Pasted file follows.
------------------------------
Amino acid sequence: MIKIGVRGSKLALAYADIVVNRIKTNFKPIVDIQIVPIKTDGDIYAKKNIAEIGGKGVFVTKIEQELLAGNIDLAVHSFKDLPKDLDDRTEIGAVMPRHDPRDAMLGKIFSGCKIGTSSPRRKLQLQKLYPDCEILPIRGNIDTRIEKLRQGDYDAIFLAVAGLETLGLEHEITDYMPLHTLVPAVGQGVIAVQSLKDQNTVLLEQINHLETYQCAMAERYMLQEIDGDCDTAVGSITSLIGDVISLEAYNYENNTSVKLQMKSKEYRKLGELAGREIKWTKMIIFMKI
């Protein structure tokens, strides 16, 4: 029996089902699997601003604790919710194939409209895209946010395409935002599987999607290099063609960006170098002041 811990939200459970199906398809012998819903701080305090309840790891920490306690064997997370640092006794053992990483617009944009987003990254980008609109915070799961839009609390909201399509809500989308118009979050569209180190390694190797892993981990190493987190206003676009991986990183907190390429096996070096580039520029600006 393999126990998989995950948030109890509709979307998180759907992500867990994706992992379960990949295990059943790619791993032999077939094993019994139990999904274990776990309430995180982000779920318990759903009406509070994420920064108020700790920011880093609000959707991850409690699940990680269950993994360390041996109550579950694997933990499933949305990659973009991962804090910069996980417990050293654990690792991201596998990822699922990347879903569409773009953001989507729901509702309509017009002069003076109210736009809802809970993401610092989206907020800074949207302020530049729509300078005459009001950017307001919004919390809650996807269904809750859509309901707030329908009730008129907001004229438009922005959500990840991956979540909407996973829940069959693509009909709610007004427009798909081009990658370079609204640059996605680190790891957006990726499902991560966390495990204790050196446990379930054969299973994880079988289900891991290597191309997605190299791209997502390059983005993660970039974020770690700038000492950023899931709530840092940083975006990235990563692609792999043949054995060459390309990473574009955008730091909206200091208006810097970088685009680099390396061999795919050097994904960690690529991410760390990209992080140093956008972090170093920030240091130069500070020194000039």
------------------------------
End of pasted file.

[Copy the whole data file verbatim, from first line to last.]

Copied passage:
Amino acid sequence: MIKIGVRGSKLALAYADIVVNRIKTNFKPIVDIQIVPIKTDGDIYAKKNIAEIGGKGVFVTKIEQELLAGNIDLAVHSFKDLPKDLDDRTEIGAVMPRHDPRDAMLGKIFSGCKIGTSSPRRKLQLQKLYPDCEILPIRGNIDTRIEKLRQGDYDAIFLAVAGLETLGLEHEITDYMPLHTLVPAVGQGVIAVQSLKDQNTVLLEQINHLETYQCAMAERYMLQEIDGDCDTAVGSITSLIGDVISLEAYNYENNTSVKLQMKSKEYRKLGELAGREIKWTKMIIFMKI
């Protein structure tokens, strides 16, 4: 029996089902699997601003604790919710194939409209895209946010395409935002599987999607290099063609960006170098002041 811990939200459970199906398809012998819903701080305090309840790891920490306690064997997370640092006794053992990483617009944009987003990254980008609109915070799961839009609390909201399509809500989308118009979050569209180190390694190797892993981990190493987190206003676009991986990183907190390429096996070096580039520029600006 393999126990998989995950948030109890509709979307998180759907992500867990994706992992379960990949295990059943790619791993032999077939094993019994139990999904274990776990309430995180982000779920318990759903009406509070994420920064108020700790920011880093609000959707991850409690699940990680269950993994360390041996109550579950694997933990499933949305990659973009991962804090910069996980417990050293654990690792991201596998990822699922990347879903569409773009953001989507729901509702309509017009002069003076109210736009809802809970993401610092989206907020800074949207302020530049729509300078005459009001950017307001919004919390809650996807269904809750859509309901707030329908009730008129907001004229438009922005959500990840991956979540909407996973829940069959693509009909709610007004427009798909081009990658370079609204640059996605680190790891957006990726499902991560966390495990204790050196446990379930054969299973994880079988289900891991290597191309997605190299791209997502390059983005993660970039974020770690700038000492950023899931709530840092940083975006990235990563692609792999043949054995060459390309990473574009955008730091909206200091208006810097970088685009680099390396061999795919050097994904960690690529991410760390990209992080140093956008972090170093920030240091130069500070020194000039």